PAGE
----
Washington Can’t Permit EU-Led Open Season On U.S. Companies
To justify its recent $14.5 billion ruling against Apple, the EU claimed that Apple benefited from “a significant advantage over other businesses that are subject to the same national taxation rules.” If they had provided any evidence of a special carve-out for Apple, this might be easier to believe. Instead, the likely explanation is that the EU is stepping up its war on tax competition as part of its long-standing pursuit of harmonization of tax rates across the continent and ultimately the globe.
The European Commission says Apple owes $14.5 billion plus interest in back taxes to Ireland. What makes the ruling particularly unusual is the fact that Ireland itself disagrees. They don’t want to collect the money. They would rather continue to be a nation with an attractive corporate tax code so that they can benefit from tax competition, rather than short-shortsightedly treating companies as ATM machines.
At issue is whether Ireland granted illegal “state aid” to Apple, which is prohibited under the EU treaty. Such aid is admittedly the wrong way to do tax competition. Jurisdictions should compete through the overall tax and regulatory code, not through special carve-outs. But even where they get it wrong, sovereign nations must be free to administer their own tax codes for tax competition to exist.
The EU surely knows this, which is why their ongoing efforts to move control of tax policy away from individual jurisdictions and towards Brussels is deeply disturbing. The Apple ruling fits a pattern of seeking to eliminate tax competition on the continent, where nations like France and Germany have in the past pressured Ireland to raise its 12.5% corporate tax rate. They wrongly fear a “race to the bottom” that would leave national treasuries empty, instead of recognizing that taxpayers and politicians alike benefit from the higher economic growth induced when destructive taxes are kept low.
It is not at all clear that Apple did in fact receive special dispensation. Those facts will continue to be litigated, as both Apple and Ireland plan to appeal the ruling. They insist that the company was merely given rulings that offered clarification as to how the tax law would be applied in their case, which is both a common and desirable practice because it provides certainty. Adding uncertainty through broad retroactive tax rulings won’t just impact the U.S. companies that Europe wrongly thinks can provide their financial salvation, but it will make the continent less attractive to businesses going forward.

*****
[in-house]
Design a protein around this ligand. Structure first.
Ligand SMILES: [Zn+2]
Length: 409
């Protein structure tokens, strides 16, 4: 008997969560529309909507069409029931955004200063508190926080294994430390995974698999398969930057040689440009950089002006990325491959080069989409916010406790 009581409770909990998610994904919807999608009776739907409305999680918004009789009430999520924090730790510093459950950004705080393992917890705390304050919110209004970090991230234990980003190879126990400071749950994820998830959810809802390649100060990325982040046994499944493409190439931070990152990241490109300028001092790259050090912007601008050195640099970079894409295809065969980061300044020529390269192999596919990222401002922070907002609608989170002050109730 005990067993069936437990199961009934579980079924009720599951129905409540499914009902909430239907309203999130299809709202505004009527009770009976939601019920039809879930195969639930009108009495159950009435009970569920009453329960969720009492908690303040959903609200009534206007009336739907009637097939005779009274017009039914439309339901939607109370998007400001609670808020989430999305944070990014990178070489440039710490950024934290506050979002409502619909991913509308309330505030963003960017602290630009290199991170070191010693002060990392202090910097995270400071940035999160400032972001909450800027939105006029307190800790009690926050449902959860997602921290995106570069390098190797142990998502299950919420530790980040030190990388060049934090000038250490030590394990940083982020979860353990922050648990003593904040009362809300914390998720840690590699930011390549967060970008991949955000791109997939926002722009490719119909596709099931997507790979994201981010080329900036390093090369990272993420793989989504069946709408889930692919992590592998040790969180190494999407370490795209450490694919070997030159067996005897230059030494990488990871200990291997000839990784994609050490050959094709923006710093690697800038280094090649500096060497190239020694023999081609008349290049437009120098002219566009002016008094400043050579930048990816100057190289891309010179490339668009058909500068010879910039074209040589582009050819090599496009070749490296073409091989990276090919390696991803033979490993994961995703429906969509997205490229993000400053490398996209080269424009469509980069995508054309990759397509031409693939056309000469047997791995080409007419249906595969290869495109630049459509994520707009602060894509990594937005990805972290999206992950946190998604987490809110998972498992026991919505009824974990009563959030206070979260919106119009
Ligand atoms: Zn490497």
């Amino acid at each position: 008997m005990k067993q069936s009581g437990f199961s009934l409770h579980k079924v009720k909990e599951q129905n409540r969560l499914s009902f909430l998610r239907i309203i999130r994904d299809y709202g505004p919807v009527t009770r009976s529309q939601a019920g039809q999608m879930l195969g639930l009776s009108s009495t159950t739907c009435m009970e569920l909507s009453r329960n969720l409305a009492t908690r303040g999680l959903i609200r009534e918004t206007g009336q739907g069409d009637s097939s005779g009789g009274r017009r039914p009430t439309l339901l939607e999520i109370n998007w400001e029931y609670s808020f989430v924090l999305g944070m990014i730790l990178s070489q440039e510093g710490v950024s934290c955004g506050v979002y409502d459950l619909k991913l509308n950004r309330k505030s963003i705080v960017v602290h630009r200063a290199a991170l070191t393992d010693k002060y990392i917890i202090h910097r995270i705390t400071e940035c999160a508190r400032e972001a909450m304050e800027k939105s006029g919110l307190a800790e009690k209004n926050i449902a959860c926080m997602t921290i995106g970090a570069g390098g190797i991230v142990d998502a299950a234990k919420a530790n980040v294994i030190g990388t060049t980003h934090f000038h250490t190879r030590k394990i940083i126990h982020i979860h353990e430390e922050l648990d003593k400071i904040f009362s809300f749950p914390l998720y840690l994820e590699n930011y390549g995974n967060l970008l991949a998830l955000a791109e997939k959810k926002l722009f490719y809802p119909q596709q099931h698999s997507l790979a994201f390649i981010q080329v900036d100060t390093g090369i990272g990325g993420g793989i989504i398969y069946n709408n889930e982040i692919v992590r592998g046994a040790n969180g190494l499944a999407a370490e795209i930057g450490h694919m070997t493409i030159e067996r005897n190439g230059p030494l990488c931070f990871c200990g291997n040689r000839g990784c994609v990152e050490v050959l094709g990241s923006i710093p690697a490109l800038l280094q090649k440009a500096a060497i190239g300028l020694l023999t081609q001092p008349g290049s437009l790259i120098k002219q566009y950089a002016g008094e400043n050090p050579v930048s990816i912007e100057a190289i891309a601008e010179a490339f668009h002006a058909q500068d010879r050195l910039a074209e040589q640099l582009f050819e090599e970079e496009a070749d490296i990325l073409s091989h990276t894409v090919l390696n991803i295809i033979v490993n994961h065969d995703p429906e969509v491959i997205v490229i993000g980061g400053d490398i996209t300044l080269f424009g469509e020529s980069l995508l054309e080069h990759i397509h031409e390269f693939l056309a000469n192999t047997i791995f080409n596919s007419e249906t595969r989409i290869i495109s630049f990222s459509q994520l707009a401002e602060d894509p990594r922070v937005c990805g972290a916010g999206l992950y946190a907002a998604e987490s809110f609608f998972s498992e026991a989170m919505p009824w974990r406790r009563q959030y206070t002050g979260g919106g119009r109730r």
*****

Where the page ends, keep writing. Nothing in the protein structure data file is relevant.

Ultimately, it is up the the United States to defend its businesses against these opportunistic tax grabs. The bipartisan criticism of the EU ruling is a good first start. But politicians must stop demonizing businesses to distract from their own failures to spend responsibly. The U.S. should also lead by example and end its own greedy worldwide tax system.
We’ve seen through the OECD BEPS project what happens when Washington, and in particular Congress, allows European bureaucrats to dream up global tax rules unmolested. It inevitably leads to a byzantine system of arcana designed to keep the government bureaucrats and accountants employed while squeezing the maximum amount of tax revenue possible out of the global economy. If U.S. politicians continue to sit on the sidelines, these threats will only multiply.
Unfortunately, years of politically motivated attacks on corporations have made large multinationals like Apple seem like low-risk targets. Voters are not going to take to the streets on behalf of the likes of Apple, Google, or Amazon. After pounding on and on about big business not paying its “fair share,” Washington is in an awkward place now that the EU has said “we agree” while helping themselves to the coffers of an American company. Yet if Washington doesn’t act, Apple will just be the first of many.